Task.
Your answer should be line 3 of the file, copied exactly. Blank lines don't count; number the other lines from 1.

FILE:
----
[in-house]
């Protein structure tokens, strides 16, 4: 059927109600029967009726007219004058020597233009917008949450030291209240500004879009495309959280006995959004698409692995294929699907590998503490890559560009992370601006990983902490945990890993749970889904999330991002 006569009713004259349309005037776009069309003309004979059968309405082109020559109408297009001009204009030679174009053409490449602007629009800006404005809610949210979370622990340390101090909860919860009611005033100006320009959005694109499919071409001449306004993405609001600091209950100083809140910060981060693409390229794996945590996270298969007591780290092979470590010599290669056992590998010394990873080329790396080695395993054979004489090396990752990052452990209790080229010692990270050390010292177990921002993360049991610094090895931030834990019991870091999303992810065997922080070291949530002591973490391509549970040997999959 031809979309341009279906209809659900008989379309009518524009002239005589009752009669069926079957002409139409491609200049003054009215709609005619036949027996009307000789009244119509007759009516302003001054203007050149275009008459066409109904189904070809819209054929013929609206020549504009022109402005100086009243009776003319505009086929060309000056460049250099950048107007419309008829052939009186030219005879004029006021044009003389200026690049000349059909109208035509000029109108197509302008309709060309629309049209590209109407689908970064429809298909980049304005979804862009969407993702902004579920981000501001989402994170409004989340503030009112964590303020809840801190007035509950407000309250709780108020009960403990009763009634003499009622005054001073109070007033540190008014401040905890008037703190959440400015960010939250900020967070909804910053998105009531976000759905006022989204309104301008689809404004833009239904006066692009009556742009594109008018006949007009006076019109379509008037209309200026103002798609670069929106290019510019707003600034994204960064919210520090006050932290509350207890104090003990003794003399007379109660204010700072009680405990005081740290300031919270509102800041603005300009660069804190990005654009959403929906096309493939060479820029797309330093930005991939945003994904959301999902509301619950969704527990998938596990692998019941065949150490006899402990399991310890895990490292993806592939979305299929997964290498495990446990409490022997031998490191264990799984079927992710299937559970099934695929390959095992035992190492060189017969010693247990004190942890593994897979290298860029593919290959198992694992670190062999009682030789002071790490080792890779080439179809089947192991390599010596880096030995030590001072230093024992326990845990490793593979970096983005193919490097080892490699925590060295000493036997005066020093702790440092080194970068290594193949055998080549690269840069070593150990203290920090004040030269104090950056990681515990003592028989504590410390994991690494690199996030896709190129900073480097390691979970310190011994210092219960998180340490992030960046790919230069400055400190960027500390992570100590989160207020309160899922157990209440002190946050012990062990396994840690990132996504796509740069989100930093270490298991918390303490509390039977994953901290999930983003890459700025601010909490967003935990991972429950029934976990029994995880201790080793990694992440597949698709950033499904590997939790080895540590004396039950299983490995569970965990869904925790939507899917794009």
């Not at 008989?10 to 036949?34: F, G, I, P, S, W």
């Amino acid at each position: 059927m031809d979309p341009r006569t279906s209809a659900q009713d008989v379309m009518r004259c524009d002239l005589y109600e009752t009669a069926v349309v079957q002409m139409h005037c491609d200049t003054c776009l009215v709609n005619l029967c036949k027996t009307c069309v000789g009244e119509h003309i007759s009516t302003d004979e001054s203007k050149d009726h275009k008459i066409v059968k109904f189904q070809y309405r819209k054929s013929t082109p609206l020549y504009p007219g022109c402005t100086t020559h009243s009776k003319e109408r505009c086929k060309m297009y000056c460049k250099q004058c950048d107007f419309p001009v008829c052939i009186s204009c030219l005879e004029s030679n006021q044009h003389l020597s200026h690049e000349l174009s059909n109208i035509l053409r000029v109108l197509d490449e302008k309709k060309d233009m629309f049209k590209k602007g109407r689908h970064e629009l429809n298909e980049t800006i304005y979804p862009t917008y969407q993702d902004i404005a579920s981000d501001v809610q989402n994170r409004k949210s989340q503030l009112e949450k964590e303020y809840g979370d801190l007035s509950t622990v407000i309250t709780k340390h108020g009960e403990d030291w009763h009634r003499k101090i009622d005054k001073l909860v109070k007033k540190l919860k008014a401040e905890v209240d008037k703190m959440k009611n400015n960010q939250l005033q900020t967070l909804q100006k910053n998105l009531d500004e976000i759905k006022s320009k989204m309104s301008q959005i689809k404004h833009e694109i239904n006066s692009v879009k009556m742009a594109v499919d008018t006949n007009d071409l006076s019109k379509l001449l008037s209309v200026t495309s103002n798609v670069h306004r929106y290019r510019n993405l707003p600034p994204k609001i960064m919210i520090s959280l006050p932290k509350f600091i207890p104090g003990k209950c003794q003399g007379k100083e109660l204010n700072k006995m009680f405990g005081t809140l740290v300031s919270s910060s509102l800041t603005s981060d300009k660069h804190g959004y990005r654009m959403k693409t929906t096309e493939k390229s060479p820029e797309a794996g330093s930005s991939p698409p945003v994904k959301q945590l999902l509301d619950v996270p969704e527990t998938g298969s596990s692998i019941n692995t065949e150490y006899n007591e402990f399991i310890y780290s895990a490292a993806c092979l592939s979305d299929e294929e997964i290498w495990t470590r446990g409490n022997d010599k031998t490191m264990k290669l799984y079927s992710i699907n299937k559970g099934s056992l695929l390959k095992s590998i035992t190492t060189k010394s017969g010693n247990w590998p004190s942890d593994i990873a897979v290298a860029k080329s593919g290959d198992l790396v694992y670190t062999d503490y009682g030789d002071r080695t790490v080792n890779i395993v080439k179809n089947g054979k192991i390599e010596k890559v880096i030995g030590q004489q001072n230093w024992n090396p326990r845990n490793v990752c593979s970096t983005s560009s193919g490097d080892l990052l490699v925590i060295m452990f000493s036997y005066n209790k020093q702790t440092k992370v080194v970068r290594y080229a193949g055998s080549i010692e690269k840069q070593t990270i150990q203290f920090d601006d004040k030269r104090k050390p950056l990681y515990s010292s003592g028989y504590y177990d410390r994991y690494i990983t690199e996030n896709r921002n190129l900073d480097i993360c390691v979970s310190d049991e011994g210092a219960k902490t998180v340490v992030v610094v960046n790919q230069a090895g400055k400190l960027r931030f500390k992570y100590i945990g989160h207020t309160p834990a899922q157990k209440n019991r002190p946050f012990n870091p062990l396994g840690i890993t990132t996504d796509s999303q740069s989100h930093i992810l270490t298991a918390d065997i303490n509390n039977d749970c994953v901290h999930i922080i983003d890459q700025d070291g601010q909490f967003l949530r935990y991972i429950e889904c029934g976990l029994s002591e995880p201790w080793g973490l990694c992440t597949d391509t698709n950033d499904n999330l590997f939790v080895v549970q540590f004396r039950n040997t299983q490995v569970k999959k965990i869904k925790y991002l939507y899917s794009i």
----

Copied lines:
């Not at 008989?10 to 036949?34: F, G, I, P, S, W």